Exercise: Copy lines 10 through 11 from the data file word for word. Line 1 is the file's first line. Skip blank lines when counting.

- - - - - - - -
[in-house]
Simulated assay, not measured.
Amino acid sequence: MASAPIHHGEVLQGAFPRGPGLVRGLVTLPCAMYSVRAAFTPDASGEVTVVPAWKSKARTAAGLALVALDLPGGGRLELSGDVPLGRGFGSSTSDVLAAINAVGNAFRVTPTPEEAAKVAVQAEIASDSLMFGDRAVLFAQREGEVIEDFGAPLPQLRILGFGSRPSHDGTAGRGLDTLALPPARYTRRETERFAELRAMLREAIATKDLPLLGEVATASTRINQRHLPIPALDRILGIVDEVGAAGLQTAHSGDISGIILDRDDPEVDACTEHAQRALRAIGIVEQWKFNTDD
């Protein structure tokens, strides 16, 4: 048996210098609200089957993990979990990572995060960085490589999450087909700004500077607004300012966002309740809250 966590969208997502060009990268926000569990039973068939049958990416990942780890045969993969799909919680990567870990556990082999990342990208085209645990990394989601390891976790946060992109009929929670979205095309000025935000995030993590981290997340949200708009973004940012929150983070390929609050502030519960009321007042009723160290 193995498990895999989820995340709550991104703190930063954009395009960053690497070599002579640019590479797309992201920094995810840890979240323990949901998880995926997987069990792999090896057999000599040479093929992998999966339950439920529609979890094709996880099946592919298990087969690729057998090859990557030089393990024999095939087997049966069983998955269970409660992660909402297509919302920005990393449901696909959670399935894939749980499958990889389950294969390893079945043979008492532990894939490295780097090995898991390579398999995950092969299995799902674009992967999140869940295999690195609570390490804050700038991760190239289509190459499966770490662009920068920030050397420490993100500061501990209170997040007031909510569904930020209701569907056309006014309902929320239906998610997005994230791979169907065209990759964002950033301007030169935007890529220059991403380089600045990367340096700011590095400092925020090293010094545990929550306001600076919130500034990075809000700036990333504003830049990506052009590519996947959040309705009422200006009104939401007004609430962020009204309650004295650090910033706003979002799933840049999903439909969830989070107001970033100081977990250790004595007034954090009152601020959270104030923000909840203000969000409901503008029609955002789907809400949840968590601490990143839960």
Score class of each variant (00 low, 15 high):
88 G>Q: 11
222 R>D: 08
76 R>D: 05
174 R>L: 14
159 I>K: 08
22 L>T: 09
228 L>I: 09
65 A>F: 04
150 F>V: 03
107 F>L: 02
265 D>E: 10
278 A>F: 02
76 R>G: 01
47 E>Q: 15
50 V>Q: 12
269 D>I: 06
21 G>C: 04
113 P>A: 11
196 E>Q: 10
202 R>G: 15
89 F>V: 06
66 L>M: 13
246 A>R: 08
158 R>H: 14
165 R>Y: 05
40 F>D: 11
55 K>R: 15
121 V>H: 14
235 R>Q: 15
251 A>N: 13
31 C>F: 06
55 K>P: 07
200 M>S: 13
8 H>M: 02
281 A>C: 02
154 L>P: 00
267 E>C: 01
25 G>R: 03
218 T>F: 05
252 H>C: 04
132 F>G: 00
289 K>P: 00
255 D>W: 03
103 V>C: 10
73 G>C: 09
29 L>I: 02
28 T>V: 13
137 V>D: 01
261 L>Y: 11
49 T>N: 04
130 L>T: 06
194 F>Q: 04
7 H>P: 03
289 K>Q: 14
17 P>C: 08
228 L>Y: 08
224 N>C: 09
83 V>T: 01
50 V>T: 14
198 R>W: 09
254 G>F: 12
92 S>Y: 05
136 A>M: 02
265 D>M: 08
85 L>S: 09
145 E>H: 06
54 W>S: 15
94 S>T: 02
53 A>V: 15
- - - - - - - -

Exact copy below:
159 I>K: 08
22 L>T: 09